Mayor Nutter actually took two tries at this. One time he proposed that the purpose of the tax was for health benefits--for people's own health. Another time he tried to say that he had a major deficit and this would help with that deficit. Neither one of those really got a lot of public support. They didn't like the idea of having taxation just to fill a deficit or I think there was a lot of skepticism about the value of the tax for people's health. When Mayor Kenney came in on the third try, to a certain extent that groundwork had been laid--people understood the risks of sugary drink. But he tried a very different approach and he emphasized that the revenue would go towards things that people really cared about. Typically for expanded Pre-K for low income children and for rebuilding the city's parks and recreation centers and libraries, which really needed a lot of additional renovations. And the public really responded to that. I was with him in the community meetings and talked to folks and people continued to have skepticism that this would have a real impact on obesity. But they saw that it made sense if it funded those things that they cared about, and they care very much about these centers.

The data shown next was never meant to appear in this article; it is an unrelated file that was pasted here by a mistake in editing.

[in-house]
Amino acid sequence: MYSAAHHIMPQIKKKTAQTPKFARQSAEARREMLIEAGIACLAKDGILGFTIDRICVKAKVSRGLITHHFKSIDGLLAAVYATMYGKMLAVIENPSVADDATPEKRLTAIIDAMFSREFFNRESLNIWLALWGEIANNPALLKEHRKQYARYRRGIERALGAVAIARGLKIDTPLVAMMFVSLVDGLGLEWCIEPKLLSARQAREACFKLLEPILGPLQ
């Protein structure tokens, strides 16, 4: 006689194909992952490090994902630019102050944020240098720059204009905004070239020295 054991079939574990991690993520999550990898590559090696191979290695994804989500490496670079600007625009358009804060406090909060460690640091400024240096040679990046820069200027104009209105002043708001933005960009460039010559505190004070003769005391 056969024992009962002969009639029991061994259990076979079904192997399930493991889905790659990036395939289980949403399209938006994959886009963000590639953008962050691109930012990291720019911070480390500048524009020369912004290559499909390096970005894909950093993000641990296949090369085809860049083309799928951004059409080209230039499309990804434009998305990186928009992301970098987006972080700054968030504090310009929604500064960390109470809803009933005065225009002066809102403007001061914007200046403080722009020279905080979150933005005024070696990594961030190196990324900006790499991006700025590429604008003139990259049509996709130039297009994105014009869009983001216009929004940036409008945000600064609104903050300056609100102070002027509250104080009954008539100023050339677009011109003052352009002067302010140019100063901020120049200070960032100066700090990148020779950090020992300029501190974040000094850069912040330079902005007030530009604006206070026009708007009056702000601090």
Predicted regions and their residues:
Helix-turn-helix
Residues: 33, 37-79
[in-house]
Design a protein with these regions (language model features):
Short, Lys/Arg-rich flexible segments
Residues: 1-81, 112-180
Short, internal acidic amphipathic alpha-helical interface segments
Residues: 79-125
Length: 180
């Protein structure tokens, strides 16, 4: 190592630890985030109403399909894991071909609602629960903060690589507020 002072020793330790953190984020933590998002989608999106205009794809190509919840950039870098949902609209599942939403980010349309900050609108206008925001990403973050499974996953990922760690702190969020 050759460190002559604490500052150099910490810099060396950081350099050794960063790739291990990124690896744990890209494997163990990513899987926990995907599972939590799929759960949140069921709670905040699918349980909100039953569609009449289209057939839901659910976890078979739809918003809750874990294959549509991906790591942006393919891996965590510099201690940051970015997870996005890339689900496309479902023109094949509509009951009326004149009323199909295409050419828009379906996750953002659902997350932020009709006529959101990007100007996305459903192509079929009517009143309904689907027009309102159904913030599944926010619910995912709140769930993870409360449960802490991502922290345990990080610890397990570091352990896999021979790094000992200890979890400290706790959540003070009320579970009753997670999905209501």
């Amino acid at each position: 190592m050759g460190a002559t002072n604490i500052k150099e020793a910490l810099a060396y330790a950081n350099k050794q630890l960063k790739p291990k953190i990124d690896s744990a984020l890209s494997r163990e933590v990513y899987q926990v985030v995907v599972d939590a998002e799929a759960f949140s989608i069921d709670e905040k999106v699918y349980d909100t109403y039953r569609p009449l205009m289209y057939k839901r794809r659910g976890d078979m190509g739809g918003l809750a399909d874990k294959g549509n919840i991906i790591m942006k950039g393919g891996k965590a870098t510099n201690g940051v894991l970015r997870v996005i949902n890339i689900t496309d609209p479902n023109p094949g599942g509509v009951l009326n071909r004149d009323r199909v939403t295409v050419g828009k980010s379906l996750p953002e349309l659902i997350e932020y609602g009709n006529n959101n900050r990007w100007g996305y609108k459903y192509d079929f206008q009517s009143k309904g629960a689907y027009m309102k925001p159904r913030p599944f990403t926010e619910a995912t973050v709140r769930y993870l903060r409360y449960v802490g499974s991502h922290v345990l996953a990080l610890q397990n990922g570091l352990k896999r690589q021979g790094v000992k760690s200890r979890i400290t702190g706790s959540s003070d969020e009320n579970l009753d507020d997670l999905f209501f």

You have been around this soda tax discussion for a long time and to say that the beverage companies are opposed would be an understatement. What have the company's done in Philadelphia to try to fight the taxes?